Licata v. GeorgiaAnnotate this Case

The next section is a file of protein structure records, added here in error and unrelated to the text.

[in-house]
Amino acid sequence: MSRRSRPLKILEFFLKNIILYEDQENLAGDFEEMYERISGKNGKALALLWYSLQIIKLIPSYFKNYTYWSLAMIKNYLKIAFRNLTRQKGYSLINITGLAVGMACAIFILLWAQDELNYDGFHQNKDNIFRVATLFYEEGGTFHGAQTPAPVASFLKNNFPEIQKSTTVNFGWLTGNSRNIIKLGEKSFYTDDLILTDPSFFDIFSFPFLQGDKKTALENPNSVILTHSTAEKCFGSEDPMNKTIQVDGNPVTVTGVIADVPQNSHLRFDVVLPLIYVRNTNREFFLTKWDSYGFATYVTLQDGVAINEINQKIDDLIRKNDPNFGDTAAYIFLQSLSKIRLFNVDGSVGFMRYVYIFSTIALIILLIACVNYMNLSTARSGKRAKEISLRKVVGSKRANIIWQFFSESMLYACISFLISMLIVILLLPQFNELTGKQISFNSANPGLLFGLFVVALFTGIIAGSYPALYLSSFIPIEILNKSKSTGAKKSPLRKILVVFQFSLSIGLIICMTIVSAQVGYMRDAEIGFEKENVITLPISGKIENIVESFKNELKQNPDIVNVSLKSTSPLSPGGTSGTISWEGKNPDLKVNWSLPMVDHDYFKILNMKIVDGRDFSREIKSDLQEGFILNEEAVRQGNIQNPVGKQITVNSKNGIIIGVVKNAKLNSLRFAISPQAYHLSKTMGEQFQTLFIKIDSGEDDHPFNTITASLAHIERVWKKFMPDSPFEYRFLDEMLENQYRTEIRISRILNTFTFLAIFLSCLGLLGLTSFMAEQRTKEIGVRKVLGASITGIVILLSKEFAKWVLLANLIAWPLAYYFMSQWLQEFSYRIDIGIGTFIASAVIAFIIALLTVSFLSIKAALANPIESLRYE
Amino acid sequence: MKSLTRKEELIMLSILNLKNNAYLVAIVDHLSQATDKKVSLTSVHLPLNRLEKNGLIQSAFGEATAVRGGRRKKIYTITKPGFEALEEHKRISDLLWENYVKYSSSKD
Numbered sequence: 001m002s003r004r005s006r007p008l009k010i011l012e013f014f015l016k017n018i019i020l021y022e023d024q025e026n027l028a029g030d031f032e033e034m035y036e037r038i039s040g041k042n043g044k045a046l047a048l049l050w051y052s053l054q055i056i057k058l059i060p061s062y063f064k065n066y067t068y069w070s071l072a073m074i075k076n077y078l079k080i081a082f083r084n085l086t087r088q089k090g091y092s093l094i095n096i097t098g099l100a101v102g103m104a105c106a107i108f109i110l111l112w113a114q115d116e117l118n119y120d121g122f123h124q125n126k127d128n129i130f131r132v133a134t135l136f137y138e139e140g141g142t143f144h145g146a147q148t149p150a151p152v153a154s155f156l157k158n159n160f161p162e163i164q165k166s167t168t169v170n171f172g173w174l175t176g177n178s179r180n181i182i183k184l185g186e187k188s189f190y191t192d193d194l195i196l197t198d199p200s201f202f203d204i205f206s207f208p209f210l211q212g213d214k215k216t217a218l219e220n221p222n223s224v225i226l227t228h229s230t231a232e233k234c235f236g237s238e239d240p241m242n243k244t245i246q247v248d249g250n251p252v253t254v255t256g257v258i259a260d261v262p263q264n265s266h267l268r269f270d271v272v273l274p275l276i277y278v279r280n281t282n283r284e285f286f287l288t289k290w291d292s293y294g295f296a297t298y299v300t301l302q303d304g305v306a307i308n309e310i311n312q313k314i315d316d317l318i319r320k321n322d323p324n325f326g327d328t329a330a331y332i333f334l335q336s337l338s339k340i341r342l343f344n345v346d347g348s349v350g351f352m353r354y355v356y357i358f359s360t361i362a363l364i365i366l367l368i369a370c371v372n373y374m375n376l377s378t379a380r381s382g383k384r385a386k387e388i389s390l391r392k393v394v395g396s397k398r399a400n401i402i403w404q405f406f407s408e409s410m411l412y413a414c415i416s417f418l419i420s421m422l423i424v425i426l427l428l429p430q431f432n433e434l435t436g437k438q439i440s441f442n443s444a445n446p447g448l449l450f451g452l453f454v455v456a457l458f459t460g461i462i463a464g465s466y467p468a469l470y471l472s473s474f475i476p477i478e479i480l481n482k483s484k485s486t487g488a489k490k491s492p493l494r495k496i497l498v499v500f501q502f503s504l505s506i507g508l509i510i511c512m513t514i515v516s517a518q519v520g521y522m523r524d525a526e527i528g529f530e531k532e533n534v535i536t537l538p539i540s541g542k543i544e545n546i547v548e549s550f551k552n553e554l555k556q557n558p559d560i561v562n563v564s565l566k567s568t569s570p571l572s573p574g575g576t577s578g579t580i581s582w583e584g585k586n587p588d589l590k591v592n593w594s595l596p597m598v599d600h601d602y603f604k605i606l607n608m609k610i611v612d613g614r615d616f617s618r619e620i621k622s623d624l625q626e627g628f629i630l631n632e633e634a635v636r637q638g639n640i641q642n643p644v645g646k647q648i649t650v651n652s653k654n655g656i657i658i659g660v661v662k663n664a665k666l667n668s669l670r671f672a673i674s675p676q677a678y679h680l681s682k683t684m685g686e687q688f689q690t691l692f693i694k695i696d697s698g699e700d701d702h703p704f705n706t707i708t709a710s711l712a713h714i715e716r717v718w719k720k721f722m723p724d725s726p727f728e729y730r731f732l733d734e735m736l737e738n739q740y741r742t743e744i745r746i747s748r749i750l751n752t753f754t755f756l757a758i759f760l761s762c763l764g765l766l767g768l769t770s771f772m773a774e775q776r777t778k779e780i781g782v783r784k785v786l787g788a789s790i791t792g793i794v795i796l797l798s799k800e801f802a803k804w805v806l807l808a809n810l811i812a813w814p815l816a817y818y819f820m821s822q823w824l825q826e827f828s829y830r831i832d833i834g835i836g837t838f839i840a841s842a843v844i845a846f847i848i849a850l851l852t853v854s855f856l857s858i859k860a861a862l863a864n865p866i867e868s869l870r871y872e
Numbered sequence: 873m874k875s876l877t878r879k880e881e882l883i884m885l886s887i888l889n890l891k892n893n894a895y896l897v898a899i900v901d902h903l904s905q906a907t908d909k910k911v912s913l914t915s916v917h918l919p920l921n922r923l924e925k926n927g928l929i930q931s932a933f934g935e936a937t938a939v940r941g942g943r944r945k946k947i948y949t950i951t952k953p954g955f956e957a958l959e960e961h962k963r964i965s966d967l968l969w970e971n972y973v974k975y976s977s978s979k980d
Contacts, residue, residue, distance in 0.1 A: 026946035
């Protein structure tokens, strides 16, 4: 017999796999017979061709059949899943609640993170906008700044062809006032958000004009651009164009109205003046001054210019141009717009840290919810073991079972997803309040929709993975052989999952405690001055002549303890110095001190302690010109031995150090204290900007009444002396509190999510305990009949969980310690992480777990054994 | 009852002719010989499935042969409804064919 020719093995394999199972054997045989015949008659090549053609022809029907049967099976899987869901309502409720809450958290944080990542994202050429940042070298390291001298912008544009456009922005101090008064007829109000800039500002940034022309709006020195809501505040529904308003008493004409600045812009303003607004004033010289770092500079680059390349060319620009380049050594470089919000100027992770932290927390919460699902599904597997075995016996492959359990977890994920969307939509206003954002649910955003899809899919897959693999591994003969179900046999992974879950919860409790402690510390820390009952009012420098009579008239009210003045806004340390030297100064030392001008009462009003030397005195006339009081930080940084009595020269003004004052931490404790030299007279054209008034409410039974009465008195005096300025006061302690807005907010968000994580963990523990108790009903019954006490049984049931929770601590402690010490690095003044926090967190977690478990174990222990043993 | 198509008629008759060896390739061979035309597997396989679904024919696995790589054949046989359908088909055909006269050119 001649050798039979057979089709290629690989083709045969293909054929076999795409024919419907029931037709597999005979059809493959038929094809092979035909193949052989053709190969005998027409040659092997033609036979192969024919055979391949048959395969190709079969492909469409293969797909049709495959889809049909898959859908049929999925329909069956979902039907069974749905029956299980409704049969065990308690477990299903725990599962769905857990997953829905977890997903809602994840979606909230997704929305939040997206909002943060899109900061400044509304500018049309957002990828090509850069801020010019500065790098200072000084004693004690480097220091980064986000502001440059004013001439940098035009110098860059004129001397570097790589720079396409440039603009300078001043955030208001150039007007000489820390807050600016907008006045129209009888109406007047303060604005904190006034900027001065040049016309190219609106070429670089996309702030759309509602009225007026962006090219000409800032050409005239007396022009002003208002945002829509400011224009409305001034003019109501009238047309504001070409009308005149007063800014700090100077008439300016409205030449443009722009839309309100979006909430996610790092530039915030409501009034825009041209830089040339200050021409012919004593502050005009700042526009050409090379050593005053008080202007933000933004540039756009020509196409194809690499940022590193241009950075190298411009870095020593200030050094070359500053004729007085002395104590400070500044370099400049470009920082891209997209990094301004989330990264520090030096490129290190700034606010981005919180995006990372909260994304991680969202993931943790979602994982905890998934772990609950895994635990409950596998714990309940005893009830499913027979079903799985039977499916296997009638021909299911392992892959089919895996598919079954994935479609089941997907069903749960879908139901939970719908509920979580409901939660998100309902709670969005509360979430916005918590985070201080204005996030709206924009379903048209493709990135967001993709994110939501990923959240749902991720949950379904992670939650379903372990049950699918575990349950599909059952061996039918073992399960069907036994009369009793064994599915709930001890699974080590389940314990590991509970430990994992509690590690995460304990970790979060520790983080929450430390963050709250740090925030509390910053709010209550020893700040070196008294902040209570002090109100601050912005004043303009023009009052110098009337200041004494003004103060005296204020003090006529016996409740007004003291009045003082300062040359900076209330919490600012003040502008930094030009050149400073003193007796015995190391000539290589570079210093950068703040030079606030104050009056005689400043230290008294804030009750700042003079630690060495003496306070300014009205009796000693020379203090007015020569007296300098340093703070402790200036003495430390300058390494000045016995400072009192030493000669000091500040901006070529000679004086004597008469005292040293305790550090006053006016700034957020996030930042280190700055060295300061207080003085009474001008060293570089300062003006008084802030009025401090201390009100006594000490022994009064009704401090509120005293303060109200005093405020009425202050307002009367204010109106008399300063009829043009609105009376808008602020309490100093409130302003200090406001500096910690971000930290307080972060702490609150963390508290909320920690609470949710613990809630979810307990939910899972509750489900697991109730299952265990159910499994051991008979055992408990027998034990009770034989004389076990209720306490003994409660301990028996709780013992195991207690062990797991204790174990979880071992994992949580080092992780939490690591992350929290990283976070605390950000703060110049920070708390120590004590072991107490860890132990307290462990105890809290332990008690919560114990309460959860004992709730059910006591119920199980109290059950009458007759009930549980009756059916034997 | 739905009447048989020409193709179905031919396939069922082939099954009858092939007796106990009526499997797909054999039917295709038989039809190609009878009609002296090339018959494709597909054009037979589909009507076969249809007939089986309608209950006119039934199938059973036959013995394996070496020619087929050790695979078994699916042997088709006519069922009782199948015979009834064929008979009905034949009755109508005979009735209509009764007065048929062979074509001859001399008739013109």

Michael Licata's vehicle was stopped by police because it matched the description of a vehicle that had recently been in an accident and had significant front-end damage. Prior to the stop, sparks were coming off the asphalt as Licata had been driving on the vehicle’s rims. The police officer who ultimately arrested Licata approached Licata and confirmed with Licata that Licata had been involved in an accident. The arresting officer told Licata that he wanted to discuss the accident but he wanted to read Miranda warnings to Licata first. After doing so, the arresting officer asked Licata several questions about the accident. A short time later, the officer asked Licata to perform field sobriety tests. Licata complied and failed the tests. The officer then placed Licata under arrest for DUI less safe, read the implied consent warning, and asked Licata if he would submit to a breath test. Licata twice asked to call his attorney but was denied that request. Licata ultimately responded that he would not submit to a breath test. Following his arrest and prior to trial, Licata sought to suppress the results of his field sobriety tests and evidence that he refused to submit to the breath test. The trial court granted Licata’s motion, concluding that the field sobriety evaluations should have been suppressed because Licata was in custody and was not informed that he had a right to refuse to perform incriminating acts, a right protected by Article I, Section I, Paragraph XVI of the Georgia Constitution of 1983. The Georgia Supreme Court granted certiorari to consider what, if any, Miranda-type warning law enforcement must give before asking a suspect in custody to perform acts protected by Paragraph XVI, and whether a suspect in custody is entitled to the advice of counsel when asked to submit to a state-administered breath test. After its review of the record, the Court determined Licata was not actually in custody. Therefore, it affirmed the Court of Appeals’s ultimate conclusion that the field sobriety tests were admissible, without answering the first question. The Court declined to resolve the issue regarding the advice of counsel, because it was pertinent only to the the admissibility of Licata’s refusal to submit to a breath test, and this determination must be reconsidered in the light of our recent opinion in Elliott v. Georgia (Case No. S18A1204, decided February 18, 2019), wherein the Court concluded refusal evidence was inadmissible. Therefore, the Court of Appeals’ opinion regarding the admissibility of the refusal evidence was vacated and the matter remanded for further proceedings.